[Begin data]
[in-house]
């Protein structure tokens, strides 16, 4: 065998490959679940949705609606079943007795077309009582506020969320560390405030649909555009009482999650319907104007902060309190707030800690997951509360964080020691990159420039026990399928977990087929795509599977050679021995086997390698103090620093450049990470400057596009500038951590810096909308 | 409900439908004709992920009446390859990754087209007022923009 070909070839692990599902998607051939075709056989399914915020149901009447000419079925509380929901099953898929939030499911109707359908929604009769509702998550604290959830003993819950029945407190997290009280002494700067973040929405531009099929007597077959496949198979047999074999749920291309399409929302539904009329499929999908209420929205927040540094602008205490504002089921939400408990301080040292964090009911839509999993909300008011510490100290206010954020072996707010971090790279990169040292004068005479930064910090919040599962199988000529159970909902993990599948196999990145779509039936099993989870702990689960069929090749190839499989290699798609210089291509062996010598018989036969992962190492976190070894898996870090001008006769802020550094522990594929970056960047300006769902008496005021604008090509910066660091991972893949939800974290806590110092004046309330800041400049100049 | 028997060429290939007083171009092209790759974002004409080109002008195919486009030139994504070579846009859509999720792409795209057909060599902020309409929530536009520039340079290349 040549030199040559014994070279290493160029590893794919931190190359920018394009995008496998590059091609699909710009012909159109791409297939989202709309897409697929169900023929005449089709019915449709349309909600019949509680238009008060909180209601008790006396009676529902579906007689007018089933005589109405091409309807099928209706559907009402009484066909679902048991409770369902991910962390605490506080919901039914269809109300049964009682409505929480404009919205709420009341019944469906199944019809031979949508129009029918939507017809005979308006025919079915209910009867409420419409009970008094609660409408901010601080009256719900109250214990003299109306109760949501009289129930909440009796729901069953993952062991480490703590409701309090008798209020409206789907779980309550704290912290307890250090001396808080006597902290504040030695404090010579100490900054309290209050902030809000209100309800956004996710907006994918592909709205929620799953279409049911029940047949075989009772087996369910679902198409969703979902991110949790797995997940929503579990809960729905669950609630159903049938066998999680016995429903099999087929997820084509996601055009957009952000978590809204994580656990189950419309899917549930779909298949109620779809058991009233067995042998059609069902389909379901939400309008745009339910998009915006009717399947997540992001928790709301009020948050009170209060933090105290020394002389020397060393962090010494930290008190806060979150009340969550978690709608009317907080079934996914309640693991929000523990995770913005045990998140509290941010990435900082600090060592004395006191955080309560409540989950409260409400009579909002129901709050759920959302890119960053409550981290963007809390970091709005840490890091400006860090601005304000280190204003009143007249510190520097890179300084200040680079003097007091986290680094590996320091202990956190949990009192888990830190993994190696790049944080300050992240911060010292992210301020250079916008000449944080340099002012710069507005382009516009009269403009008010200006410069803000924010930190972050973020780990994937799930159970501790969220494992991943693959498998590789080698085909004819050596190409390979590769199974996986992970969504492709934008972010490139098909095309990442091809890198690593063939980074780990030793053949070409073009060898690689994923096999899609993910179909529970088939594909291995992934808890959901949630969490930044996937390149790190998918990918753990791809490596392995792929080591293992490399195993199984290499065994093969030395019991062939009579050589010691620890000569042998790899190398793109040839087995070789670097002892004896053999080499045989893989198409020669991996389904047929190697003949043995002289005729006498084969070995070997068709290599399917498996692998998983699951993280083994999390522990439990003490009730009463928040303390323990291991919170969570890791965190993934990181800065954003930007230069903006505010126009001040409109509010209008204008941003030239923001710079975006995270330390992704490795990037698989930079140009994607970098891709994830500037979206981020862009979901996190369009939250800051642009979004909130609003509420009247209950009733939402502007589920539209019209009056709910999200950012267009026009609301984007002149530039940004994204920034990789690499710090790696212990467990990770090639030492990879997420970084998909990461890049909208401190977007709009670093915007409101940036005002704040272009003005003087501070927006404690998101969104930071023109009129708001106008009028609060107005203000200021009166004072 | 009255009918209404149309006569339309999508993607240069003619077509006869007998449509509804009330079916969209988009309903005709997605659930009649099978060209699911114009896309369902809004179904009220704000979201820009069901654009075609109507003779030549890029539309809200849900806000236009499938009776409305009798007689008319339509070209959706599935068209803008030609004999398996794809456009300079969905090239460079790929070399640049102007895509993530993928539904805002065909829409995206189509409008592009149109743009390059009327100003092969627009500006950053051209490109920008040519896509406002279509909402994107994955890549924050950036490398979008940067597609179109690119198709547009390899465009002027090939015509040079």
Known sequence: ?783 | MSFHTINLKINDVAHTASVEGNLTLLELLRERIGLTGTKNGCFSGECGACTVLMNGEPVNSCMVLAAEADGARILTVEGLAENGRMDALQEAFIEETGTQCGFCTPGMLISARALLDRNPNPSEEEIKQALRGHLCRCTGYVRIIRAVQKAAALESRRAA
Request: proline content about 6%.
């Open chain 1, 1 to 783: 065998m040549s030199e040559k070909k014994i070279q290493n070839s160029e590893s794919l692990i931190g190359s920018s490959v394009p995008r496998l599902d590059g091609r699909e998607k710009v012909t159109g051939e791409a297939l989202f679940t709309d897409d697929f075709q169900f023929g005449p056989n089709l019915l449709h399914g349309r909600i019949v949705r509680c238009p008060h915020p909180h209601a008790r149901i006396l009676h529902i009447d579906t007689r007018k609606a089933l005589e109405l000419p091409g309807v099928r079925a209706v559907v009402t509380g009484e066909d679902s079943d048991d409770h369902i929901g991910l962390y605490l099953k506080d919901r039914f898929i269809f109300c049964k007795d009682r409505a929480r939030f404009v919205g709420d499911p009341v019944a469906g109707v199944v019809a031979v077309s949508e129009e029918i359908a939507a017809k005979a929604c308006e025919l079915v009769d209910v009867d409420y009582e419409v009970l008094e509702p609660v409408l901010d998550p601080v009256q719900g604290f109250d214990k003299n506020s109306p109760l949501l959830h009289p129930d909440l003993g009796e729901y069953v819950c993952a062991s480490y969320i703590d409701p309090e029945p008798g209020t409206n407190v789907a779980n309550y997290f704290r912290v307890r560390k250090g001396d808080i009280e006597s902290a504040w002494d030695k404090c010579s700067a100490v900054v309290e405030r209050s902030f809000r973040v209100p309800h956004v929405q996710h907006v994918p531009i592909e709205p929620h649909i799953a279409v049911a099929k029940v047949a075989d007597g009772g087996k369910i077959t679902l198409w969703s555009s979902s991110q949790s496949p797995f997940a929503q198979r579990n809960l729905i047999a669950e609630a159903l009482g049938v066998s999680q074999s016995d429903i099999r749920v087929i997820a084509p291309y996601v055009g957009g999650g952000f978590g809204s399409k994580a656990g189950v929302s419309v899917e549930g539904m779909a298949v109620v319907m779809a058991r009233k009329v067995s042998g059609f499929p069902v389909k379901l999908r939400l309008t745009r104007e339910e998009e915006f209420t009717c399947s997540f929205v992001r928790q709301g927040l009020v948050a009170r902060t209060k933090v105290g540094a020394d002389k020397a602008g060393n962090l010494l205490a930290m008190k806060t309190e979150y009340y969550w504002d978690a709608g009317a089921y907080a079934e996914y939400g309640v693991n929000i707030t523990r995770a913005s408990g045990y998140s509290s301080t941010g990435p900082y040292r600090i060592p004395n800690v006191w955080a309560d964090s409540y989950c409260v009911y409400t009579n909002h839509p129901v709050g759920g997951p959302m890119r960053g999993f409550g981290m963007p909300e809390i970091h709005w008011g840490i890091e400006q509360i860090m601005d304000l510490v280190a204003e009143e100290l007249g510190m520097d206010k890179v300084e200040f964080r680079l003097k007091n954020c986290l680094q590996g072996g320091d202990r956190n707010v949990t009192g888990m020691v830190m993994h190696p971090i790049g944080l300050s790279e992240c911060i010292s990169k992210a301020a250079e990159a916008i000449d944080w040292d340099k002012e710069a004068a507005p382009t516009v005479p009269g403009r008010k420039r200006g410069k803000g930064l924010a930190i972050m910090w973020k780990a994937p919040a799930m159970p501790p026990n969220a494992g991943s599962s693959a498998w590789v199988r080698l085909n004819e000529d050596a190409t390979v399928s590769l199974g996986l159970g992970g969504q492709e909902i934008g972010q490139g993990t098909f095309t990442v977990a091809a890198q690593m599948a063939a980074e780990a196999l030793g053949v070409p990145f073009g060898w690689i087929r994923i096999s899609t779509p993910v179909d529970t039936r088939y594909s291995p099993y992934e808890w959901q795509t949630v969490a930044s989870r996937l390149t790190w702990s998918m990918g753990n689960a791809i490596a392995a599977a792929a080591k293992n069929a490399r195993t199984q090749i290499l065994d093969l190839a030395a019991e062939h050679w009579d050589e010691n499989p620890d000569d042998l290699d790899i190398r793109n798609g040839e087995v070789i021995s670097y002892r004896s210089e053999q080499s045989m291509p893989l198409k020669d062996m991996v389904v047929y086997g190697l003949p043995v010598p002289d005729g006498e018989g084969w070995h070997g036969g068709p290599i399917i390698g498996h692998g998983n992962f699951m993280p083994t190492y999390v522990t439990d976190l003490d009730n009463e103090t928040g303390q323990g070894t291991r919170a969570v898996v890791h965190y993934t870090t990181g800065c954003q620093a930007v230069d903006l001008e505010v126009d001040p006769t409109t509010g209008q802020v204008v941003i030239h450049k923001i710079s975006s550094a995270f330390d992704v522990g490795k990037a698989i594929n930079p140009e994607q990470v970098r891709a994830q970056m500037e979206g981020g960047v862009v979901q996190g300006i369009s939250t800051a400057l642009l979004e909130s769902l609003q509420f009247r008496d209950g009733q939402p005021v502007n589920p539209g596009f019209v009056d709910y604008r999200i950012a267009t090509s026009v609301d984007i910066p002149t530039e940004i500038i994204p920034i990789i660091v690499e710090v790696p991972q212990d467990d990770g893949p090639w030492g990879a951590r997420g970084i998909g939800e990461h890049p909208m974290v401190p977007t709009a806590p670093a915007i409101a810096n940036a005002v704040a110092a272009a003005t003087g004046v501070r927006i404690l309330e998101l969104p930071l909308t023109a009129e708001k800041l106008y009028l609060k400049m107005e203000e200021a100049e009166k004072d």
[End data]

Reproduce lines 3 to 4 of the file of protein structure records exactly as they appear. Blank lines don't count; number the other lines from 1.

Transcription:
Known sequence: ?783 | MSFHTINLKINDVAHTASVEGNLTLLELLRERIGLTGTKNGCFSGECGACTVLMNGEPVNSCMVLAAEADGARILTVEGLAENGRMDALQEAFIEETGTQCGFCTPGMLISARALLDRNPNPSEEEIKQALRGHLCRCTGYVRIIRAVQKAAALESRRAA
Request: proline content about 6%.